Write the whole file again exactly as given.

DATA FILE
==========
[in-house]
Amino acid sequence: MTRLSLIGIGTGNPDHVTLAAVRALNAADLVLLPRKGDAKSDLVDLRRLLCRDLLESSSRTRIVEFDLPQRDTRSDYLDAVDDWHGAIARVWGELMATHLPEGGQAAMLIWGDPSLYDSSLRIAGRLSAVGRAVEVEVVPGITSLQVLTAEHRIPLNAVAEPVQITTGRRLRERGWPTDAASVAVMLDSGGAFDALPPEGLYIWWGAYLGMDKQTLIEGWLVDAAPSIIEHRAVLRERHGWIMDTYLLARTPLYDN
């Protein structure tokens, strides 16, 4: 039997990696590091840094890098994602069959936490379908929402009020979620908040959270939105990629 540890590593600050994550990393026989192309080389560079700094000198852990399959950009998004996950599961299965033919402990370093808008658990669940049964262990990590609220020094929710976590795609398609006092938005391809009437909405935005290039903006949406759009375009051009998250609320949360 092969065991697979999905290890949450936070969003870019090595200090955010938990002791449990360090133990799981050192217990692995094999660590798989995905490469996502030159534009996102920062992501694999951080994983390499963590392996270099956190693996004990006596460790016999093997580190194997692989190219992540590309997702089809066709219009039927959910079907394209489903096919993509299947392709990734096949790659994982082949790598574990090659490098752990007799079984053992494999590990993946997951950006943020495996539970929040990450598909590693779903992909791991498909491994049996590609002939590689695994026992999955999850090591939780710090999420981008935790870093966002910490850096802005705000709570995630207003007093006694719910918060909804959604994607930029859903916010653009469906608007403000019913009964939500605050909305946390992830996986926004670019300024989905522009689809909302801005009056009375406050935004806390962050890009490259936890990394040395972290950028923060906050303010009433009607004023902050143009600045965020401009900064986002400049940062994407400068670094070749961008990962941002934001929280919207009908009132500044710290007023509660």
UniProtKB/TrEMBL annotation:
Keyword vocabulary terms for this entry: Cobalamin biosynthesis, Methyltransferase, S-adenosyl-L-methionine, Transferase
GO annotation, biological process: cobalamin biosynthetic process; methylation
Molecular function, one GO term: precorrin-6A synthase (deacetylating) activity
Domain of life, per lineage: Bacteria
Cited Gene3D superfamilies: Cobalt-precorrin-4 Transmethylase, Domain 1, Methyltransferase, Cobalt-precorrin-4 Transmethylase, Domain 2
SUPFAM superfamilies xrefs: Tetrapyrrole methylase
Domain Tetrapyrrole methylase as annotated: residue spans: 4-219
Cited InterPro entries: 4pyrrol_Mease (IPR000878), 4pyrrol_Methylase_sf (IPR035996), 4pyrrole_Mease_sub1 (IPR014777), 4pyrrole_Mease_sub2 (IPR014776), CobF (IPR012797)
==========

[in-house]
Amino acid sequence: MTRLSLIGIGTGNPDHVTLAAVRALNAADLVLLPRKGDAKSDLVDLRRLLCRDLLESSSRTRIVEFDLPQRDTRSDYLDAVDDWHGAIARVWGELMATHLPEGGQAAMLIWGDPSLYDSSLRIAGRLSAVGRAVEVEVVPGITSLQVLTAEHRIPLNAVAEPVQITTGRRLRERGWPTDAASVAVMLDSGGAFDALPPEGLYIWWGAYLGMDKQTLIEGWLVDAAPSIIEHRAVLRERHGWIMDTYLLARTPLYDN
């Protein structure tokens, strides 16, 4: 039997990696590091840094890098994602069959936490379908929402009020979620908040959270939105990629 540890590593600050994550990393026989192309080389560079700094000198852990399959950009998004996950599961299965033919402990370093808008658990669940049964262990990590609220020094929710976590795609398609006092938005391809009437909405935005290039903006949406759009375009051009998250609320949360 092969065991697979999905290890949450936070969003870019090595200090955010938990002791449990360090133990799981050192217990692995094999660590798989995905490469996502030159534009996102920062992501694999951080994983390499963590392996270099956190693996004990006596460790016999093997580190194997692989190219992540590309997702089809066709219009039927959910079907394209489903096919993509299947392709990734096949790659994982082949790598574990090659490098752990007799079984053992494999590990993946997951950006943020495996539970929040990450598909590693779903992909791991498909491994049996590609002939590689695994026992999955999850090591939780710090999420981008935790870093966002910490850096802005705000709570995630207003007093006694719910918060909804959604994607930029859903916010653009469906608007403000019913009964939500605050909305946390992830996986926004670019300024989905522009689809909302801005009056009375406050935004806390962050890009490259936890990394040395972290950028923060906050303010009433009607004023902050143009600045965020401009900064986002400049940062994407400068670094070749961008990962941002934001929280919207009908009132500044710290007023509660």
UniProtKB/TrEMBL annotation:
Keyword vocabulary terms for this entry: Cobalamin biosynthesis, Methyltransferase, S-adenosyl-L-methionine, Transferase
GO annotation, biological process: cobalamin biosynthetic process; methylation
Molecular function, one GO term: precorrin-6A synthase (deacetylating) activity
Domain of life, per lineage: Bacteria
Cited Gene3D superfamilies: Cobalt-precorrin-4 Transmethylase, Domain 1, Methyltransferase, Cobalt-precorrin-4 Transmethylase, Domain 2
SUPFAM superfamilies xrefs: Tetrapyrrole methylase
Domain Tetrapyrrole methylase as annotated: residue spans: 4-219
Cited InterPro entries: 4pyrrol_Mease (IPR000878), 4pyrrol_Methylase_sf (IPR035996), 4pyrrole_Mease_sub1 (IPR014777), 4pyrrole_Mease_sub2 (IPR014776), CobF (IPR012797)